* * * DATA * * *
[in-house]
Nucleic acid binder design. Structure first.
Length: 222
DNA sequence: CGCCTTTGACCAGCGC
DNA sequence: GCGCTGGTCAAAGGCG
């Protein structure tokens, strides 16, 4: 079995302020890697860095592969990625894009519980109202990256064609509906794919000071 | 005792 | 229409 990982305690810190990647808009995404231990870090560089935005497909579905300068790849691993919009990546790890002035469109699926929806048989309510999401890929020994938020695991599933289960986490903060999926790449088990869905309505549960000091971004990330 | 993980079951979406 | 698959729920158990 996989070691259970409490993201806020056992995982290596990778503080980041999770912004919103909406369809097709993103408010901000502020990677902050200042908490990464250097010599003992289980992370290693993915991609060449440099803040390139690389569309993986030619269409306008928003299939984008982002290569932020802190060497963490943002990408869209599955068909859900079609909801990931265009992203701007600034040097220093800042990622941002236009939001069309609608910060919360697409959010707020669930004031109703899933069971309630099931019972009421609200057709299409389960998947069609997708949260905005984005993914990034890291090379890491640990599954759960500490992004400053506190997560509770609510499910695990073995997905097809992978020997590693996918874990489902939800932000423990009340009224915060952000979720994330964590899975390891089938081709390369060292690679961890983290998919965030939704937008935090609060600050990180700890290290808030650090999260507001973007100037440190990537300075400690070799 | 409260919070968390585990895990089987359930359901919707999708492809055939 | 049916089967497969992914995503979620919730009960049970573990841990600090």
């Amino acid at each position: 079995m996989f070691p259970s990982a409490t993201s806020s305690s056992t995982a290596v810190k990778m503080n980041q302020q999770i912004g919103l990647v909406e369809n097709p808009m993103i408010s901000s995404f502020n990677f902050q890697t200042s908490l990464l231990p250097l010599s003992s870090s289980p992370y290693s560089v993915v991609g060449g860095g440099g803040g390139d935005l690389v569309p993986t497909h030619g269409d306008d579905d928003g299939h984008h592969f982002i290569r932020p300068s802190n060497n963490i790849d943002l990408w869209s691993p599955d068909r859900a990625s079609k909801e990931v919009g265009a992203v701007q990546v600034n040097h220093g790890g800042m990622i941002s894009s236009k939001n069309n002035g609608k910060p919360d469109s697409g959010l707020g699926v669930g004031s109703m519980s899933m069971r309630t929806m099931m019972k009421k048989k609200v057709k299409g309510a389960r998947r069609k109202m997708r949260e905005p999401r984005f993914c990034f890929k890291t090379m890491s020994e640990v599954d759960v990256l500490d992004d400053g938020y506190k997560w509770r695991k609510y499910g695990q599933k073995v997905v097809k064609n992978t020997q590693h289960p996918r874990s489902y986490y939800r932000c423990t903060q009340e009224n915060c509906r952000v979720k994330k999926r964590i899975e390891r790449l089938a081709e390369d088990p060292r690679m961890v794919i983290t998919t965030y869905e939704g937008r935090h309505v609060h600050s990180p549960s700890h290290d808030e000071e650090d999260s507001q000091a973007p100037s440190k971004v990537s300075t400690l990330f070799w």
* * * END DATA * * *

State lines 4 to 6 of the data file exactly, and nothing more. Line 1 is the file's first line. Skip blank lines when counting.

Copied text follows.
DNA sequence: CGCCTTTGACCAGCGC
DNA sequence: GCGCTGGTCAAAGGCG
């Protein structure tokens, strides 16, 4: 079995302020890697860095592969990625894009519980109202990256064609509906794919000071 | 005792 | 229409 990982305690810190990647808009995404231990870090560089935005497909579905300068790849691993919009990546790890002035469109699926929806048989309510999401890929020994938020695991599933289960986490903060999926790449088990869905309505549960000091971004990330 | 993980079951979406 | 698959729920158990 996989070691259970409490993201806020056992995982290596990778503080980041999770912004919103909406369809097709993103408010901000502020990677902050200042908490990464250097010599003992289980992370290693993915991609060449440099803040390139690389569309993986030619269409306008928003299939984008982002290569932020802190060497963490943002990408869209599955068909859900079609909801990931265009992203701007600034040097220093800042990622941002236009939001069309609608910060919360697409959010707020669930004031109703899933069971309630099931019972009421609200057709299409389960998947069609997708949260905005984005993914990034890291090379890491640990599954759960500490992004400053506190997560509770609510499910695990073995997905097809992978020997590693996918874990489902939800932000423990009340009224915060952000979720994330964590899975390891089938081709390369060292690679961890983290998919965030939704937008935090609060600050990180700890290290808030650090999260507001973007100037440190990537300075400690070799 | 409260919070968390585990895990089987359930359901919707999708492809055939 | 049916089967497969992914995503979620919730009960049970573990841990600090």